DLG5 variants do not influence susceptibility to inflammatory bowel disease in the Scottish population

C. L. Noble, Elaine Nimmo, Hazel Drummond, L. Smith, I. D. Arnott, Jack Satsangi

Research output: Contribution to journalArticlepeer-review


Recent data have suggested that specific haplotypic variants of the DLG5 gene on chromosome 10q23 may be associated with susceptibility to inflammatory bowel disease (IBD) in Germany. Haplotype D, notably characterised by the presence of a G-->A substitution at nucleotide 113, was associated with susceptibility to Crohn's disease (CD) whereas an extended haplotype A conferred protection.
Association of DLG5 haplotypic variants with disease susceptibility, genotype-phenotype relationships, and epistasis with CARD15 was investigated in the Scottish population.
A total of 374 CD, 305 ulcerative colitis (UC), and 294 healthy controls (HC) were studied. Genotyping for the variants rs1248696 (113A, representing haplotype D) and the single nucleotide polymorphism tag rs2289311 (representing haplotype A) were typed using the Taqman system.
On analysis of the DLG5 variant 113A, there were no associations with IBD when allelic frequency (11.4% IBD v 13.2% HC; p = 0.30) and carrier frequency (19.2% IBD v 24.6% HC; p = 0.069) were analysed. No associations were observed between 113A variant allelic frequency (p = 0.37), carrier frequency (p = 0.057), and CD. In fact, 113A heterozygosity rates were lower in CD (16%) and IBD (16.9%) than in HC (23%) (p = 0.029 and p = 0.033, respectively). No associations between DLG5 and UC were observed. Haplotype A was not protective and there was no evidence of epistasis between DLG5 and CARD15.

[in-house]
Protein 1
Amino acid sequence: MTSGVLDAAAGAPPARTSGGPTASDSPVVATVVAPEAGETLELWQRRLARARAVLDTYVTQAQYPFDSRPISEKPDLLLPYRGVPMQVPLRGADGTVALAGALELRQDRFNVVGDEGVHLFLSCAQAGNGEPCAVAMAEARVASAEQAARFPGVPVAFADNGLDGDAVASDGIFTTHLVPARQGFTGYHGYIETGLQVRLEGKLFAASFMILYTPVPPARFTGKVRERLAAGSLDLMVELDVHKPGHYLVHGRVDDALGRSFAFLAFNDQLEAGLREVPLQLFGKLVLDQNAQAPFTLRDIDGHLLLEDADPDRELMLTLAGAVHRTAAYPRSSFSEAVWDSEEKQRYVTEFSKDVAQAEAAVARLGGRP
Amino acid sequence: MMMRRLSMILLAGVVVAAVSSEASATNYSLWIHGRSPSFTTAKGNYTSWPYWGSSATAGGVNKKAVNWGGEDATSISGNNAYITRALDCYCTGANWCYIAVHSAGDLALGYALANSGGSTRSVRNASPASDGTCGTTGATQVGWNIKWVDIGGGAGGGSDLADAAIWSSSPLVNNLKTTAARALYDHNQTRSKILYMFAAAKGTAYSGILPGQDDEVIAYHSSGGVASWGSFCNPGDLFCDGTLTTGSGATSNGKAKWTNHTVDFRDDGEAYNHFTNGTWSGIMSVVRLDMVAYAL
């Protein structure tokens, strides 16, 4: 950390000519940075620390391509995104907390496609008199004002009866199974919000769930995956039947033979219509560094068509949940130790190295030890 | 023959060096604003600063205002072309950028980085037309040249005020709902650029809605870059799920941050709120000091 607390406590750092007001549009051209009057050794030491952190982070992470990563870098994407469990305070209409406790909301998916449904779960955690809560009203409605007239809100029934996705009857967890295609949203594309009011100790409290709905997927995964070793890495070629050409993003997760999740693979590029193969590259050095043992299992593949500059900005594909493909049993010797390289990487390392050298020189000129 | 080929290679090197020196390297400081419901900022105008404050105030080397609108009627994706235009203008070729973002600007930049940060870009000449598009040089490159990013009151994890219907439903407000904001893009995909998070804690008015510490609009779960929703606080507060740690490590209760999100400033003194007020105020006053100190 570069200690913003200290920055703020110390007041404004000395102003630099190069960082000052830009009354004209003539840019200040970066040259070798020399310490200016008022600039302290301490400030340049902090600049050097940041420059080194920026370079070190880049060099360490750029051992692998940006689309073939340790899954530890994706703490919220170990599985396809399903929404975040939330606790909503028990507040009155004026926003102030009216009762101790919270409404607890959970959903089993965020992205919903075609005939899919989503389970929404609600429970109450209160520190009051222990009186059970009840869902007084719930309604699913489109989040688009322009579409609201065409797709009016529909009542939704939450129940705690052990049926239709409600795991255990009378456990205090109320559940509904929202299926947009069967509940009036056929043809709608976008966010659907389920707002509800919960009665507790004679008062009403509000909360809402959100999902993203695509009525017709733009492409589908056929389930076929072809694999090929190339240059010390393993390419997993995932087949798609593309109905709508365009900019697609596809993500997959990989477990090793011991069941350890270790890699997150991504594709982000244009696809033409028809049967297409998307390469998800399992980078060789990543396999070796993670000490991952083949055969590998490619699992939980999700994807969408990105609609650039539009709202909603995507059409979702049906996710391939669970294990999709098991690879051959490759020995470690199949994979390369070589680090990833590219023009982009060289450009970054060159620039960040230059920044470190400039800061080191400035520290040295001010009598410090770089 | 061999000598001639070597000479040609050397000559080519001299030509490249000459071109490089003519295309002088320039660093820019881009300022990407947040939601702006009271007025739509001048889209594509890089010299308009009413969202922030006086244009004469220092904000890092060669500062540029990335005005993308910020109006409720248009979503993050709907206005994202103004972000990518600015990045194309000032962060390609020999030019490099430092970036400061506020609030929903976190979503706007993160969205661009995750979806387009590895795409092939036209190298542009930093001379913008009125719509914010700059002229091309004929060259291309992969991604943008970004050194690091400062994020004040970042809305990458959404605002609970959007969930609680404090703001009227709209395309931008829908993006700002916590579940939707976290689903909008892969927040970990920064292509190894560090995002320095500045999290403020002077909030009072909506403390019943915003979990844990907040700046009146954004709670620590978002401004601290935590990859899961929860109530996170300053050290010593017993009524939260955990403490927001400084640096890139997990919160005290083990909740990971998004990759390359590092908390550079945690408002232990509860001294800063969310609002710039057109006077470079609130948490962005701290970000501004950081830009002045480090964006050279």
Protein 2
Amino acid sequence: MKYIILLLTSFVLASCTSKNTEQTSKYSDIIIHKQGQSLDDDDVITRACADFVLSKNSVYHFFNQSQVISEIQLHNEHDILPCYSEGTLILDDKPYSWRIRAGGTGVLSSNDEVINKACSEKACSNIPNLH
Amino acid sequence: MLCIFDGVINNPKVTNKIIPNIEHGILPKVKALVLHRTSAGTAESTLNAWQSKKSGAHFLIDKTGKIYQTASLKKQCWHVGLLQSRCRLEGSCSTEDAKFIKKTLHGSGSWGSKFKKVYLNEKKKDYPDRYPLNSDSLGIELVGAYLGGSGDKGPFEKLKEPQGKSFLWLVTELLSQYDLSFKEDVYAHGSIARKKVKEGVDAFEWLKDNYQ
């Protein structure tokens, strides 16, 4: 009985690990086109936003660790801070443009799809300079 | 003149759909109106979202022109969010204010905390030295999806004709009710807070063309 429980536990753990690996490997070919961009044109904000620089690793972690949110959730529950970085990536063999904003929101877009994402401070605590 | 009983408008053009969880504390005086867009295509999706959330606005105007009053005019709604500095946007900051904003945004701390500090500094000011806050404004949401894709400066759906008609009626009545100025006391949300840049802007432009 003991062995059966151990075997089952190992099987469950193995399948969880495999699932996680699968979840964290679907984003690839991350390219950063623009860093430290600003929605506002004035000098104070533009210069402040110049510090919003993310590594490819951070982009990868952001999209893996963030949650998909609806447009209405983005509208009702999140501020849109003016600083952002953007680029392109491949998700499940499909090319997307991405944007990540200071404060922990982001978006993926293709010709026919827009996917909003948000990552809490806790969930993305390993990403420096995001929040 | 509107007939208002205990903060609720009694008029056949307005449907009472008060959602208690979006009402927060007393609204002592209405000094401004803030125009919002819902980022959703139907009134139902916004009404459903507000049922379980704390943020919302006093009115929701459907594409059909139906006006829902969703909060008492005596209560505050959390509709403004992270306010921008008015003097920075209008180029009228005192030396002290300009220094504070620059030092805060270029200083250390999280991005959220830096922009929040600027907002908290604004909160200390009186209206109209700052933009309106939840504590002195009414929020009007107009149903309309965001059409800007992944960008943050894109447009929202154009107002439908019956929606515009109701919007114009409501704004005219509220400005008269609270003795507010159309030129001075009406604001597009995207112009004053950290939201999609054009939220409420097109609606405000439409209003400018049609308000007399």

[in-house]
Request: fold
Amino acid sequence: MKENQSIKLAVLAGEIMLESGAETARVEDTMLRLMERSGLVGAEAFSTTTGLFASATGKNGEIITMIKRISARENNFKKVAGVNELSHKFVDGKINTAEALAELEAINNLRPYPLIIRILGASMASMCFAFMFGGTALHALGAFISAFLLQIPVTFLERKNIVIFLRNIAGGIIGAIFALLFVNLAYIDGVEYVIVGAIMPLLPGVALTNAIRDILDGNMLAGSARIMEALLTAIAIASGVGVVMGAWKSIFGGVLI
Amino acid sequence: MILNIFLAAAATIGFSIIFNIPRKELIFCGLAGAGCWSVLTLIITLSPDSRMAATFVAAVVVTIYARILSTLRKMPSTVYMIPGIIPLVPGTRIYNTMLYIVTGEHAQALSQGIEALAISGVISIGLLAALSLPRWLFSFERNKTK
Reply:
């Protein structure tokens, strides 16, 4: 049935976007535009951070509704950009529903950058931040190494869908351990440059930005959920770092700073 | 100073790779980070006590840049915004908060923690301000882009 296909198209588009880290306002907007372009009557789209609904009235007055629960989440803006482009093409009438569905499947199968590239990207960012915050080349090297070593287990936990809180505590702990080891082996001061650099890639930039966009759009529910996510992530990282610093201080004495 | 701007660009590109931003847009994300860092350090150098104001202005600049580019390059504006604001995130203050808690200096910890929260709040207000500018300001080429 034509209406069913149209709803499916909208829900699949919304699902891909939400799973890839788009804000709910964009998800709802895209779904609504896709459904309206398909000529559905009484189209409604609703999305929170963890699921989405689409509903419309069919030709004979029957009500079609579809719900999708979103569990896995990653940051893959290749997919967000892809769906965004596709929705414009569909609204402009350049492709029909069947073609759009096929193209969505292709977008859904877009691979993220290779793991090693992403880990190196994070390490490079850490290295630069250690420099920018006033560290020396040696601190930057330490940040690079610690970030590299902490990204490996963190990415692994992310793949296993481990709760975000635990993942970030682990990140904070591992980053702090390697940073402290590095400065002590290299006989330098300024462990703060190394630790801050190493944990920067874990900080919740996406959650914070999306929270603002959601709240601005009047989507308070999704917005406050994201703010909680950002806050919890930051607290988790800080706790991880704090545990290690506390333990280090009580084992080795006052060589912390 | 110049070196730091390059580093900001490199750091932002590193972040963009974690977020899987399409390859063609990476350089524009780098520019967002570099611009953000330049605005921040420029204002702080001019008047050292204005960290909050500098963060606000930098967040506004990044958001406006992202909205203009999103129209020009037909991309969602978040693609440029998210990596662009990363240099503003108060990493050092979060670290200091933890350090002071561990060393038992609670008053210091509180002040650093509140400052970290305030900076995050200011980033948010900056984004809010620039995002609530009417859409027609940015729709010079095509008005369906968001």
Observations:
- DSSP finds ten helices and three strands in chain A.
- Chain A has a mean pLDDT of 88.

The present data contrast strongly with previous data from Germany. DLG5 113A is not associated with disease susceptibility and haplotype A does not confer resistance. Further work is required to evaluate the significance of DLG5 in other populations from geographically diverse regions.
Original languageEnglish
Pages (from-to)1416-20
Number of pages5
Issue number10
Publication statusPublished - Oct 2005


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